FIGURE 7: (a) The effect of the spread level, S, on ∆+ (as well as an indication of the maximum ∆+ for different levels of ω2 and (b) the effect of spread level, S, on value at risk for various levels of ω2.

The first derivative of Equation 6 (see Appendix 1) gives the rate of change of Δ+ with respect to S. Setting this derivative to 0 determines the value of S where Δ+ is a maximum (i.e. the open circles in Figure 7a).

Lower ω2 values generate inflators which elevate spreads early, that is, far from levels at which the bond would default. Wong (2011) asserted that Δ+ should penalise excessive growth as soon as possible and thus applies an ω2 = 0.5. Higher ω2 values elevate spreads more slowly than lower ω2 values, so excess growth is only penalised severely enough at spread levels close to those that would result in a bond default.

Figure 8 shows a surface plot of Δ+ for various levels of ω2 and S.

FIGURE 8: Surface plot showing the impact of ω2 and spread level, S, on ∆+.

Figure 8 illustrates the importance of calibrating the buVaR model for the market to which it is applied. As shown in Figure 1, Wong’s (2011) ω2 value of 0.5 would apply too harsh a capital requirement for institutions as buVaR is five times higher than spread VaR during crisis periods. This quantity of capital retention would be too punitive for most institutions. At low ω2 values, the inflator imposes severe liquidity constraints on institutions. A higher ω2 is thus preferred in this study. Using Figure 8, the inflator can be calibrated to the bank’s relevant, acceptable value.

Figure 9 illustrates the rate of change of the Δ+ (its first derivative) with respect to S.

FIGURE 9: First derivative of ∆+ with respect to spread level, S.

The rate of change of Δ+ is considerably elevated in the pre-crisis period. This highlights the model’s ability to anticipate market bubbles and subsequently elevate buVaR through Δ+ to potentially retard or halt the bubble’s development.

Figures 10a and b illustrate the effects of model components, rf, and the assumed bond recovery rate on Scap.

FIGURE 10: Impact of (a) the risk-free rate on the inflator as a function of S and (b) the bond recovery rate on Scap.

An increase in rf increases Scap as well as the value of S at which Δ+ experiences a maximum. Using Equation 3, as rf increases, the yield at default, Ydefaulted, increases at a faster rate, so Scap = Ydefaultedrf increases. This influence is trivial compared with the impact of the recovery rate on Scap (Figure 10b). Low recovery rates result in dramatically elevated levels of Scap.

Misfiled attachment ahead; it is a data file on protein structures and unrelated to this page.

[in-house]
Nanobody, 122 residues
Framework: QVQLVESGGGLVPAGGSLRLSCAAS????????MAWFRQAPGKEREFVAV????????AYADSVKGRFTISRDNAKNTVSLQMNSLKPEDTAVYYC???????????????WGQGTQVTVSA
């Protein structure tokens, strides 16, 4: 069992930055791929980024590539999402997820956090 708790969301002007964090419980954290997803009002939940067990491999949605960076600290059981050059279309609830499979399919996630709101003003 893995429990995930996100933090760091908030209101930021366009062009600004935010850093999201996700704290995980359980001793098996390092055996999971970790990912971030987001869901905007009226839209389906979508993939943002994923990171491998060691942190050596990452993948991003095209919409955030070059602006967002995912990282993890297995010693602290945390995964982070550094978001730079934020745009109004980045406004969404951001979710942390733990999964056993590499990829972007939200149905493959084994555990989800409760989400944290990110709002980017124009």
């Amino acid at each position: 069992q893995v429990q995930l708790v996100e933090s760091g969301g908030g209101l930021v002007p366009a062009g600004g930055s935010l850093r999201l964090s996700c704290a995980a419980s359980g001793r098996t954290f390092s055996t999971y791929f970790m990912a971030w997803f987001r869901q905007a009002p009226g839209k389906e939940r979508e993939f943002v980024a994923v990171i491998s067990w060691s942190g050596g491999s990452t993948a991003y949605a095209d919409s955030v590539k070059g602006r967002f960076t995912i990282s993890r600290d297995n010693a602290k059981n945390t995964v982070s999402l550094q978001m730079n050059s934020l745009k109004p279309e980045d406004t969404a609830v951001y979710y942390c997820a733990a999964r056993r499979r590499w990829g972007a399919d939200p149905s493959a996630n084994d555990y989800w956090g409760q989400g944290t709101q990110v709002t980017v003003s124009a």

Denzlera et al. (2006) showed that probabilities of default could be derived from credit spreads using:

S is the credit spread level in basis points, t is the maturity of the CDS in years, PD is the probability of default and LGD is the loss given default of the CDS instrument – both expressed as percentages. ETF (2011) showed Equation 8 could be approximated using:

Figure 11 illustrates the market-implied PD’s as derived using Equation 9 in conjunction with the South African credit rating (supplied by Fitch Ratings) and the five-year CDS spreads.

FIGURE 11: Market-implied probabilities of default (using Equation 9 and five-year credit default swap spreads from Figure 1), South African credit rating (mapped to relevant probability of default) and bubble value at risk on the same timescale.

South Africa’s credit rating is currently (November 2016) just above junk and has a negative outlook (Moody’s Investor Service 2016) as shown in Figure 11. This suggests that political actions (removal of Minister Nene), rather than only market-implied PDs, weigh heavily on the opinions and confidence of rating agencies. Were only the latter considered, the current lower spreads (relative to credit crisis levels) imply that South Africa should be assessed at a better (higher) credit rating. Unsurprisingly, there is a strong correlation between credit buVaR (using data from Figure 1) and market-implied annual PDs.

Consequences for South African banks and regulators

Implementation of a buVaR-like model in the banking environment would require significant cooperation between the regulator and regulated institutions. Bubble VaR models effectively attempt to replace the BCBS countercyclical buffer and thus thresholds and parameters would have to be tested and agreed upon. What would be an evident advantage of such a model is that it would not be burdened by complicated timing issues regarding the retention and release of capital buffers. These timing issues under the current BCBS formulation would be a key focus area, as they would have to be analysed and compared with continuous capital estimates under buVaR models.

Initial research between regulators and banks could focus on the optimal value for ω2, as a comparison of this work with Wong’s (2011), shows considerably different results for different values of this parameter. This research could analyse banks’ portfolios to ensure that the model would perform consistently across the market. In jurisdictions where data are scant for both CDS spreads and historical defaults, regulators would have to cooperate with market experts on defaults and recovery assumptions. Wong (2011) highlighted that under a buVaR model environment there would be macro-prudential advantage in that institutions not affected by buVaR capital requirements could price more competitively, thereby transferring credit risk from the banking sector to other global investors as well.